Vintage 2020

(covid-compatible) 21-August-20 – burgundy harvesting day 2

By billn on August 21, 2020 #vintage 2020

2020 Beaune 1er Les Reversées
2020 Beaune 1er Les Reversées


Triage can such an unfulfilling work wearing a mask. How do you taste the grapes(?) How do you blow a spider off your sticky fingers(?) How do you properly understand the French of your triage neighbour through their mask without seeing their lips and facial expressions(?) – okay, there is still their hands and shoulders! Finally, what is the point of the mask when we all sit together – no distancing – at the round table for lunch(?) – and, yes, you guessed it – without masks! Of course, we bring out the masks, once more, directly after finishing lunch. I assume that this is to fulfil the French covid regulations but probably little else.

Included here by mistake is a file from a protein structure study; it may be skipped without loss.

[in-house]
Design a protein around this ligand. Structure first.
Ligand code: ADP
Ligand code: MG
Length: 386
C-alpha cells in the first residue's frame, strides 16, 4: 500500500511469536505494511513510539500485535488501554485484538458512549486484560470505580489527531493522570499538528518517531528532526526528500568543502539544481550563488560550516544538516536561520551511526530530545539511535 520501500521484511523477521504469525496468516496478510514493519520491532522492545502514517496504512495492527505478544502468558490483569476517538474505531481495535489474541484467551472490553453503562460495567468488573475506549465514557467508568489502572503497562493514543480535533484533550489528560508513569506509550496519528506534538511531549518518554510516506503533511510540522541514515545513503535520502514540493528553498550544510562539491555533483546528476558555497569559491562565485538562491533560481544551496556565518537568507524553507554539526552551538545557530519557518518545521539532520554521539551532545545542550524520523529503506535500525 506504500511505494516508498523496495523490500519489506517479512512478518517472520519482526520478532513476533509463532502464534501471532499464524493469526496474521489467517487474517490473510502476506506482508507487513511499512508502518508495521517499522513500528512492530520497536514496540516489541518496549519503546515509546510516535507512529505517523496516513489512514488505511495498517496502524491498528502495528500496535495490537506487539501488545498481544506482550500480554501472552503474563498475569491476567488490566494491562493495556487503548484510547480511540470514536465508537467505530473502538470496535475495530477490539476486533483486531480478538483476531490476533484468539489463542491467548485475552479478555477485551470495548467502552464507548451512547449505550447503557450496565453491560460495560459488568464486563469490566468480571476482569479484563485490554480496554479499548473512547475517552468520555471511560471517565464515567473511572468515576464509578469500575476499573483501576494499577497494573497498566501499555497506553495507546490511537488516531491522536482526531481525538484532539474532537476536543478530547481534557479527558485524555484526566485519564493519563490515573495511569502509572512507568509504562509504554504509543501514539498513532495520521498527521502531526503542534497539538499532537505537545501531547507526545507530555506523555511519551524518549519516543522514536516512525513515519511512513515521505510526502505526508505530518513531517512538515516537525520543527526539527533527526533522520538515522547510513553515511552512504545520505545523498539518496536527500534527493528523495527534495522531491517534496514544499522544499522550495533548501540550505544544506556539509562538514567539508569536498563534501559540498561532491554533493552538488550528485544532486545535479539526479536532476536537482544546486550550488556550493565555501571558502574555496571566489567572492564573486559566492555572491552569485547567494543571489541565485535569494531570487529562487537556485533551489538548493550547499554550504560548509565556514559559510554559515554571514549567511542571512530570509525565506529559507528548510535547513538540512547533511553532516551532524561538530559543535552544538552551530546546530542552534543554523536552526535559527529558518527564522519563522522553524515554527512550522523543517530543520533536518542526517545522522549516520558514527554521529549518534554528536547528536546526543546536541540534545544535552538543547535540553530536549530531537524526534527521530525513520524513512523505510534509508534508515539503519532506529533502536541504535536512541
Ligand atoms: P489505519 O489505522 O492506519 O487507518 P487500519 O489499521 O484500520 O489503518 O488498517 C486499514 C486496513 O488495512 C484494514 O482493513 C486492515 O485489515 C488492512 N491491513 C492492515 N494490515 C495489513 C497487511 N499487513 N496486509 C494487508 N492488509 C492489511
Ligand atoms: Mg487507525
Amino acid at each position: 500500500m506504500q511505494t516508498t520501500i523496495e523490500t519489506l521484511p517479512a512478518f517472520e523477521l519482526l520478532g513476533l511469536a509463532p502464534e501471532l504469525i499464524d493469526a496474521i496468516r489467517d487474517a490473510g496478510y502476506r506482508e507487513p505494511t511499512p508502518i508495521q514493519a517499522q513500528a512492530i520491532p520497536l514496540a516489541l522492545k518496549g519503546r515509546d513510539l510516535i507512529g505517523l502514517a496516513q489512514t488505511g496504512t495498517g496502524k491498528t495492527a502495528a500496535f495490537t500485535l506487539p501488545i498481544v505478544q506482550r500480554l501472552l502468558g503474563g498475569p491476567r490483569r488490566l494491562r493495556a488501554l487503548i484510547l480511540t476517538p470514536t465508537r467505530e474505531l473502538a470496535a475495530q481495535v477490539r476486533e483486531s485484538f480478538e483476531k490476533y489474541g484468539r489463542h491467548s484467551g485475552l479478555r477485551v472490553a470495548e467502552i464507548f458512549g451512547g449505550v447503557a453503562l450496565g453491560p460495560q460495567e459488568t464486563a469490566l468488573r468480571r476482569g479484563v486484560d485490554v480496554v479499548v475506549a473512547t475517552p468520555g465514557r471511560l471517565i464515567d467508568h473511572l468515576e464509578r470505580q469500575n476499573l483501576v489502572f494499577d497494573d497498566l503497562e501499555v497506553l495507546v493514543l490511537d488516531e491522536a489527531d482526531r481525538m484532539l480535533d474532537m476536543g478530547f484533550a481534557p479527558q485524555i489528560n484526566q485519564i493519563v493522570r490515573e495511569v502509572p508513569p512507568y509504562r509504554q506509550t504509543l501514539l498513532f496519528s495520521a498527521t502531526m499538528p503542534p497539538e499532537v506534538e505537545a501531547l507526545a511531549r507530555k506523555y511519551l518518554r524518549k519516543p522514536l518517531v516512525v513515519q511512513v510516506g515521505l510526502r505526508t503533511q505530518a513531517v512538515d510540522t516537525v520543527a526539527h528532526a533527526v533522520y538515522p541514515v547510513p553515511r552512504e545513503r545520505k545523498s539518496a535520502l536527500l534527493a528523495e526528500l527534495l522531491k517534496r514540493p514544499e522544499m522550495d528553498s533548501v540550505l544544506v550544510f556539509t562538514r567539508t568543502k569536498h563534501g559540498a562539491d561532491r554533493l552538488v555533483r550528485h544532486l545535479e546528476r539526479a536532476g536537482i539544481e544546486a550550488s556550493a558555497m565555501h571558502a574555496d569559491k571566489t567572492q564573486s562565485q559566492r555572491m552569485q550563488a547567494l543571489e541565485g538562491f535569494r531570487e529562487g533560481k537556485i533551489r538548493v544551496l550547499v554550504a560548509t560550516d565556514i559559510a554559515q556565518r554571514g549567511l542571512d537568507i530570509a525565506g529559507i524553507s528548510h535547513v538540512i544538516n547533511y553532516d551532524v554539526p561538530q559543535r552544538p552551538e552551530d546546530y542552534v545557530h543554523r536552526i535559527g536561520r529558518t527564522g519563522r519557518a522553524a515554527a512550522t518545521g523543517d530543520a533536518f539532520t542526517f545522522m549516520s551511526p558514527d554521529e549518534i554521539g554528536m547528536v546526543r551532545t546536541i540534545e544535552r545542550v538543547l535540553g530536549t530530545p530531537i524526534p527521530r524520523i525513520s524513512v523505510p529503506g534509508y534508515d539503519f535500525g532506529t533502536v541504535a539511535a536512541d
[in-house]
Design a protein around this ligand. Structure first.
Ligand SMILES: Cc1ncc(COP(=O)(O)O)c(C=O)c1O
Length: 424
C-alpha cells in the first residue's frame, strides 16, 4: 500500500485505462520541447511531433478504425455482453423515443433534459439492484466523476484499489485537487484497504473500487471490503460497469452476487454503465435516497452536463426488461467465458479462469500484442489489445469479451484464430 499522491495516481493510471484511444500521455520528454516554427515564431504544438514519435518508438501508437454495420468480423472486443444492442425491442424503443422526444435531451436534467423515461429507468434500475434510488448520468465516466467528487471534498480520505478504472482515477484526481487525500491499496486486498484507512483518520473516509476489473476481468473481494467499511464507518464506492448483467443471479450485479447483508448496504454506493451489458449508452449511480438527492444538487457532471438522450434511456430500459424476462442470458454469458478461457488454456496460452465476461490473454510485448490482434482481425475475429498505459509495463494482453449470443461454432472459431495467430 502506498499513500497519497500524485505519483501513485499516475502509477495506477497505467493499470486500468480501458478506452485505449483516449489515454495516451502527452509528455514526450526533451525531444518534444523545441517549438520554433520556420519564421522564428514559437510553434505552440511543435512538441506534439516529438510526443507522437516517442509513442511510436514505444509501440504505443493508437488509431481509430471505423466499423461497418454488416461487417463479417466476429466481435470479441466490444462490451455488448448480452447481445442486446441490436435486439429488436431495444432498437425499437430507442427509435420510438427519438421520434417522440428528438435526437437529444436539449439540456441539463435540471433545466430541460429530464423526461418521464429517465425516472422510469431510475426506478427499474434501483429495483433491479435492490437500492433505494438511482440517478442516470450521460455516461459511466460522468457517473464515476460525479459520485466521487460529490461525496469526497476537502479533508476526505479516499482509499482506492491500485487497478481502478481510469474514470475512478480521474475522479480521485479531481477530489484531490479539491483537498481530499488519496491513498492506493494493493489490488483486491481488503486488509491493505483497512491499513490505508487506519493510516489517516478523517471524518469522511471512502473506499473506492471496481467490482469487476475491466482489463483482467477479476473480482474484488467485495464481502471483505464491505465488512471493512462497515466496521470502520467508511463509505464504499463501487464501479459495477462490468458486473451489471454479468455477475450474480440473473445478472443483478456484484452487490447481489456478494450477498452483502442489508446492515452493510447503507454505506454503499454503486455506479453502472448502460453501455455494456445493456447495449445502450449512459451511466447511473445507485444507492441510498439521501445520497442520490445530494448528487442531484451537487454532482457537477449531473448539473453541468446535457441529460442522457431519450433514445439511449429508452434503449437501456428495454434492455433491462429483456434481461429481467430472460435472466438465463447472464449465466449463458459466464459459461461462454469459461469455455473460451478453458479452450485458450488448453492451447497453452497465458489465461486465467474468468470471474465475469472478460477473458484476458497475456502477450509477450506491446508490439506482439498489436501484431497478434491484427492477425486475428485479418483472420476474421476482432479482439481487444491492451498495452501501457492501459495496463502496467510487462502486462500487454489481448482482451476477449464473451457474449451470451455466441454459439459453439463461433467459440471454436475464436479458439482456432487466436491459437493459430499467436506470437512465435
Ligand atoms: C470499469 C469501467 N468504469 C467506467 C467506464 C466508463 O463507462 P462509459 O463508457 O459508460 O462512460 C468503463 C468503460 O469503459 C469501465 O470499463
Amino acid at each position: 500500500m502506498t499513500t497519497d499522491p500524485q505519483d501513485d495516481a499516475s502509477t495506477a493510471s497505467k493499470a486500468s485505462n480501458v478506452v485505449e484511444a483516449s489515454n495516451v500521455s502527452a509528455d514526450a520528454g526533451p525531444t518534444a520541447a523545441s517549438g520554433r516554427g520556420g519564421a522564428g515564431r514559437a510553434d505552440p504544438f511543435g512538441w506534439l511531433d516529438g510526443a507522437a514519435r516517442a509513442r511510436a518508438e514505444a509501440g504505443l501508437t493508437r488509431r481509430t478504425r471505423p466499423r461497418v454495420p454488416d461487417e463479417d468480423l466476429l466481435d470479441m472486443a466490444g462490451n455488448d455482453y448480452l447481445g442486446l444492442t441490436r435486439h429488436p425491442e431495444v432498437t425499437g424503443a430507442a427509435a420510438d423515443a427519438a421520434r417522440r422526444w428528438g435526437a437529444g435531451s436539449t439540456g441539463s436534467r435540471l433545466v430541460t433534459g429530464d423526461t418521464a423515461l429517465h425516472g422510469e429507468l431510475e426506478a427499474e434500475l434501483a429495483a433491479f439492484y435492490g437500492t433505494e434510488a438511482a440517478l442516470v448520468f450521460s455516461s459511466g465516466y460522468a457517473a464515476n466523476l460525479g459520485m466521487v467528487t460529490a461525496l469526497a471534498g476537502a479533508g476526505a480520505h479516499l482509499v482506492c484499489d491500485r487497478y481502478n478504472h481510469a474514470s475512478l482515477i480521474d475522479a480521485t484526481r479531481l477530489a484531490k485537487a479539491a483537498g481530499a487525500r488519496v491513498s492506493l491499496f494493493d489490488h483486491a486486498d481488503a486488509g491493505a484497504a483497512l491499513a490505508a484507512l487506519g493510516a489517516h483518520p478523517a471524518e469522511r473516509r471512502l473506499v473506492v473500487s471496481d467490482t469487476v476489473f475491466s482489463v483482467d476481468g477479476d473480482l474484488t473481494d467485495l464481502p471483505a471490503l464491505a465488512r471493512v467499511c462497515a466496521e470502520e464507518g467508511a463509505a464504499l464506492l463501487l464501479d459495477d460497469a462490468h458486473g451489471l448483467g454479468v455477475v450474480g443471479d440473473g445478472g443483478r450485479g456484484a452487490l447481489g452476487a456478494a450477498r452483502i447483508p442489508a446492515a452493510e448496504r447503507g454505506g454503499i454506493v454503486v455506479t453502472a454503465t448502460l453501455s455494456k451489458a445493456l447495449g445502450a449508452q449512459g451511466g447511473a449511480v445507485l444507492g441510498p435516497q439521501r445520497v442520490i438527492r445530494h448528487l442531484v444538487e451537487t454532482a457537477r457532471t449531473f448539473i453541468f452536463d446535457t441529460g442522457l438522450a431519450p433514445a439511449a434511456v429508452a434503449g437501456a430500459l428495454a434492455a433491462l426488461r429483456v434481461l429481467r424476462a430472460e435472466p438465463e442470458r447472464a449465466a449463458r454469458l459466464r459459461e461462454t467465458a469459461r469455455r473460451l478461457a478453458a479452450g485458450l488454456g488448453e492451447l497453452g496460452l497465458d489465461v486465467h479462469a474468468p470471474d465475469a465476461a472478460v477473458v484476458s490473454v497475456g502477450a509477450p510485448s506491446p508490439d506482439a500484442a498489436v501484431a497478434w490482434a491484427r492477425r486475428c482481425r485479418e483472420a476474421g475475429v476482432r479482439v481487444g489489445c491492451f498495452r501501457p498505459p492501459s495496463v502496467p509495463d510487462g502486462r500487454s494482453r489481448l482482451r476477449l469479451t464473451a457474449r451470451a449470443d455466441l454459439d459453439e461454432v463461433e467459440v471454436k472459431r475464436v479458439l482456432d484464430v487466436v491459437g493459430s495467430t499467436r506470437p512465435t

That’s life – and harvesting – 2020-style!

The home team really worked today – the carrot that was dangled before us, yesterday evening, of an early start and so an early finish came to nought; 07h30 start, coffee eventually at 11h15! Lunch at 15h45. That’s not very French!!! And then there was still the small matter of the remaining grapes to triage after our late lunch. I ended the day with tired feet and knees – I’m sure I haven’t stood in one place for 9 hours for, well, 1 year…

But what about the grapes? I hear you say!